Friday, June 27, 2008

Canadian Judicial Council Report on Improving Access to Justice

The Canadian Judicial Council has released a new report entitled Access to Justice: Report on Selected Reform Initiatives in Canada.

According to the Council press release:

"The report, which focuses on the civil and family justice systems, identifies five areas in which significant reforms aimed at addressing the cost of litigation have been undertaken in recent years in various Canadian jurisdictions:"

  • "Proportionality: Targeting proportionality between on the one hand the scale of court proceedings and on the other hand the value of the claim, public importance of the issues and complexity of the case;
  • Experts: Streamlining the use of experts and limiting their number;
  • Point of Entry: Assisting litigants without counsel to obtain information and referrals quickly and effectively on first contact with the judicial system;
  • Discovery: Containing the scope of discovery procedures; and
  • Caseflow management: Expediting the flow of cases through the courts."

"This report (...) is based on records developed at its request for the new Inventory of Reforms created by the Canadian Forum on Civil Justice ... The report identifies 60 reforms in the five noted areas covered, ranging from pilot projects to changes that have already become permanent. "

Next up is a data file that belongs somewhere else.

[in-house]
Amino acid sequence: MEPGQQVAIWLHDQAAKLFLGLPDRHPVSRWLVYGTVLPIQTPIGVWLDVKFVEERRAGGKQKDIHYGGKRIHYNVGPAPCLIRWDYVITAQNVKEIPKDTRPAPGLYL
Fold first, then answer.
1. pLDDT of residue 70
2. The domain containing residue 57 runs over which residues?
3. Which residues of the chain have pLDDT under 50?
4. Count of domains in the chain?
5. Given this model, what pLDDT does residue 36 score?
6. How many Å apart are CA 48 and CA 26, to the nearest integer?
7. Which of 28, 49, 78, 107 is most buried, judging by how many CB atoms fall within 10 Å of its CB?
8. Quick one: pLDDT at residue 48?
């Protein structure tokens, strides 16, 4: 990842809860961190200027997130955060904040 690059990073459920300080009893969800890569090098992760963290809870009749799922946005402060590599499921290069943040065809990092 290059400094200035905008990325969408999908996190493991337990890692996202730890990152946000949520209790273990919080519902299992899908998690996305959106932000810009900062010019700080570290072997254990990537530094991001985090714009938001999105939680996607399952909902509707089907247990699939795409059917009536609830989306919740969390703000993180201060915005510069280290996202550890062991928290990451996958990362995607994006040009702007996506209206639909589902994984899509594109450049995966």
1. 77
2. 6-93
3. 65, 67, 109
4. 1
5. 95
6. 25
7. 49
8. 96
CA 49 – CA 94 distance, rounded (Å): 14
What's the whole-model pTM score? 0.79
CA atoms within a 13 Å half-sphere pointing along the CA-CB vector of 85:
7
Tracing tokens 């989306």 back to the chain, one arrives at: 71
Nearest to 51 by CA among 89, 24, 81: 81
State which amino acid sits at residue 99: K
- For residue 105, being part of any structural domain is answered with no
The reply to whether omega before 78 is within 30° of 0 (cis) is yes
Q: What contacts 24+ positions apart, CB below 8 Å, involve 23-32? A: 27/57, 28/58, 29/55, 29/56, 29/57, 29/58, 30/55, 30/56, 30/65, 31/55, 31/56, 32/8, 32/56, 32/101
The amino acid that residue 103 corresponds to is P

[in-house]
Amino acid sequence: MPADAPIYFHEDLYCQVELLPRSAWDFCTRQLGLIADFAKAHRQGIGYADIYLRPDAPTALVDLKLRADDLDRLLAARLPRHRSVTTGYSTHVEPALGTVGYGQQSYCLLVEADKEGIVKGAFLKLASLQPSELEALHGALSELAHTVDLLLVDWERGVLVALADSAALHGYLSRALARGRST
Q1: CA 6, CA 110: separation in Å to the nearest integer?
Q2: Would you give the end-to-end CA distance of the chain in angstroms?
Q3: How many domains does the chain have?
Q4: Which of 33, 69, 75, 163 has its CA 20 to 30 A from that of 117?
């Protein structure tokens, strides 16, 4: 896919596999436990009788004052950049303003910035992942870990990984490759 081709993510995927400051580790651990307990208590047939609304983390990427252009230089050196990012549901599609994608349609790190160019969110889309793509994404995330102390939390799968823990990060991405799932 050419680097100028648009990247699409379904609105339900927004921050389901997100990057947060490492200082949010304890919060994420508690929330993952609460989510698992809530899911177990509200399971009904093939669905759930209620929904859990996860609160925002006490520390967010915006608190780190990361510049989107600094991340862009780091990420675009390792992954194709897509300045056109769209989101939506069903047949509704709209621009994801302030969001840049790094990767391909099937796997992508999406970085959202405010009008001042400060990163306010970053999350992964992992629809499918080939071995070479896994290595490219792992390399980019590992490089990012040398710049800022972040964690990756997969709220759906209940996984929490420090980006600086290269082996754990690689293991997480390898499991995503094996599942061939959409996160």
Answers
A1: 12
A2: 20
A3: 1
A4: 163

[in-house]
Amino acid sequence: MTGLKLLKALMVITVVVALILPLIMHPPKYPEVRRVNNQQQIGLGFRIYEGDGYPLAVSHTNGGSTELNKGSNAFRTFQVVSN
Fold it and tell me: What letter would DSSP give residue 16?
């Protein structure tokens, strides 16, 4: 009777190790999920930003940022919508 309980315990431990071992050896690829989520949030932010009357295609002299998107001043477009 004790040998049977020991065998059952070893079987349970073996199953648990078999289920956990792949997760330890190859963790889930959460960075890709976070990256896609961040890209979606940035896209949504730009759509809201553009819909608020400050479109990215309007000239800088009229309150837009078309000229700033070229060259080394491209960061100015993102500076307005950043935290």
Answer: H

The Canadian Judicial Council is made up of 39 members and is chaired by the Chief Justice of the Supreme Court of Canada, the Right Honourable Beverley McLachlin.

Council membership consists of the chief justices, associate chief justices, and some senior judges from provincial and federal superior courts across the country.

The federal Parliament created the Council in 1971 to promote efficiency, uniformity, and accountability, and to improve the quality of judicial service in all superior courts of Canada. The Council has authority over the work of more than 1,070 federally appointed judges.

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posted by Michel-Adrien at 12:29 pm


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